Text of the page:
1 [feet]
a noteworthy or extraordinary act or achievement, usually displaying boldness, skill, etc.: Arranging the treaty was a diplomatic feat.
Obsolete. a specialized skill; profession.

1300–50; Middle English fet, fait < Anglo-French, Old French < Latin factum fact

1. accomplishment. See achievement.
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World English Dictionary
feat1 (fiːt)
a remarkable, skilful, or daring action; exploit; achievement: feats of strength
[C14: from Anglo-French fait, from Latin factum deed; see fact]

feat2 (fiːt)
1.  another word for skilful
2.  neat another word for suitable
[C14: from Old French fet, from Latin factus made, from facere to make]

Collins English Dictionary - Complete & Unabridged 10th Edition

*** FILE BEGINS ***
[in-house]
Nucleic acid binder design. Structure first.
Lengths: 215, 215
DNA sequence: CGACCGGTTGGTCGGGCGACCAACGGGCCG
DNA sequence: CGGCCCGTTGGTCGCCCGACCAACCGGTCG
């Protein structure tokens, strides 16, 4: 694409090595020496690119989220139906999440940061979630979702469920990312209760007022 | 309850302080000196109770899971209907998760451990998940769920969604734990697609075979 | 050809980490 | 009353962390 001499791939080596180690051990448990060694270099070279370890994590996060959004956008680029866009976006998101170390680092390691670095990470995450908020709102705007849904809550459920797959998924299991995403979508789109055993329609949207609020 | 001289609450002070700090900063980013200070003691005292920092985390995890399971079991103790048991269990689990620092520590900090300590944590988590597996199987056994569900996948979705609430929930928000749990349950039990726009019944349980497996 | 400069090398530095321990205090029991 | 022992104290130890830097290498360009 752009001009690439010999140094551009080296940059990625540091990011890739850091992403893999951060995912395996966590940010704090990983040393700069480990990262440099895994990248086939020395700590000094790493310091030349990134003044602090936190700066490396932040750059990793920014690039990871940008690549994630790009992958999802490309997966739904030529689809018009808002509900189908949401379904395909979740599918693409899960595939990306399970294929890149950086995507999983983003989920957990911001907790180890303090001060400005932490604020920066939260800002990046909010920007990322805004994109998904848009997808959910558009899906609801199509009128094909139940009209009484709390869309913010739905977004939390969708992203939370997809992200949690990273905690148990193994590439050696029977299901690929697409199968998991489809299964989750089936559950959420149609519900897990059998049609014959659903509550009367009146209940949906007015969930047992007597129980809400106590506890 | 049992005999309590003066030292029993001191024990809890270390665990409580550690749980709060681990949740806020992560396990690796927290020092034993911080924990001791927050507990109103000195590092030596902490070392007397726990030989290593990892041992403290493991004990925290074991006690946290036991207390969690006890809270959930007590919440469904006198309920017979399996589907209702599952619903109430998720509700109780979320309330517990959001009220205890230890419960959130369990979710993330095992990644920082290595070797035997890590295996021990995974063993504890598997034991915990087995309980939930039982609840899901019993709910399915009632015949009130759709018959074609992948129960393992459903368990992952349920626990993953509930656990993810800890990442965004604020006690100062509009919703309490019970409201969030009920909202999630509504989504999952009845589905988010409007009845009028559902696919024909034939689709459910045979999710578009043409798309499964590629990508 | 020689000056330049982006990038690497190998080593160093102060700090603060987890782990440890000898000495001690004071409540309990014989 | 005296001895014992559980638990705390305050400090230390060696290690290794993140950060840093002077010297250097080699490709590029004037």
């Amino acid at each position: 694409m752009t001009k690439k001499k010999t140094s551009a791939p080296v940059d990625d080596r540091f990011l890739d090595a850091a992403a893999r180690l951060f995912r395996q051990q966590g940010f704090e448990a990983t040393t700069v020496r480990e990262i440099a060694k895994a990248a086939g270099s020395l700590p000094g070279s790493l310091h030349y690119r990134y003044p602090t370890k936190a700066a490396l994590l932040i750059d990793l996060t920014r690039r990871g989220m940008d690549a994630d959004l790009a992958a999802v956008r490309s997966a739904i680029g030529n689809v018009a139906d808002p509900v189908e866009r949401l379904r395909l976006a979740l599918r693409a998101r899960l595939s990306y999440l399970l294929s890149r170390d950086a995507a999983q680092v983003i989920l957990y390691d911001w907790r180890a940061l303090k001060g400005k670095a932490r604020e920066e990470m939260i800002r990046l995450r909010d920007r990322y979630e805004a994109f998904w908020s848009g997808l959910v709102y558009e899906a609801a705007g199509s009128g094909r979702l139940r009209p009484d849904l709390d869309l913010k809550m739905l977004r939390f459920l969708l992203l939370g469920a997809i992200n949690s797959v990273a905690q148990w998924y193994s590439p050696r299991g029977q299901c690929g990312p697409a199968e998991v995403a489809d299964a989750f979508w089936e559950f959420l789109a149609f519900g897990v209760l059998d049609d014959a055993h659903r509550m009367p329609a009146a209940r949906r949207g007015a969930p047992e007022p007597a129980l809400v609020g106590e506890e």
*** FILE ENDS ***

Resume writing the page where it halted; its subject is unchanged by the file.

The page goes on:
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Word Origin & History

mid-14c., "action, deeds," from Anglo-Fr. fet, from O.Fr. fait, from L. factum "thing done," a noun based on the pp. of facere "make, do" (see factitious). Sense of "exceptional or noble deed" arose c.1400 from phrase feat of arms (Fr. fait d'armes).
Online Etymology Dictionary, © 2010 Douglas Harper
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Example sentences
Moreover, functional brain imaging now reveals how they achieve their
  extraordinary cerebral feats.
Making lithium-ion batteries capable of such feats is expensive.
Harmony has already pulled off similar feats, prolonging the lives of mines
  that others had dumped.
Every mile or two, it advertises itself in way-side slogans, offering advice to
  drivers and trumpeting its feats.
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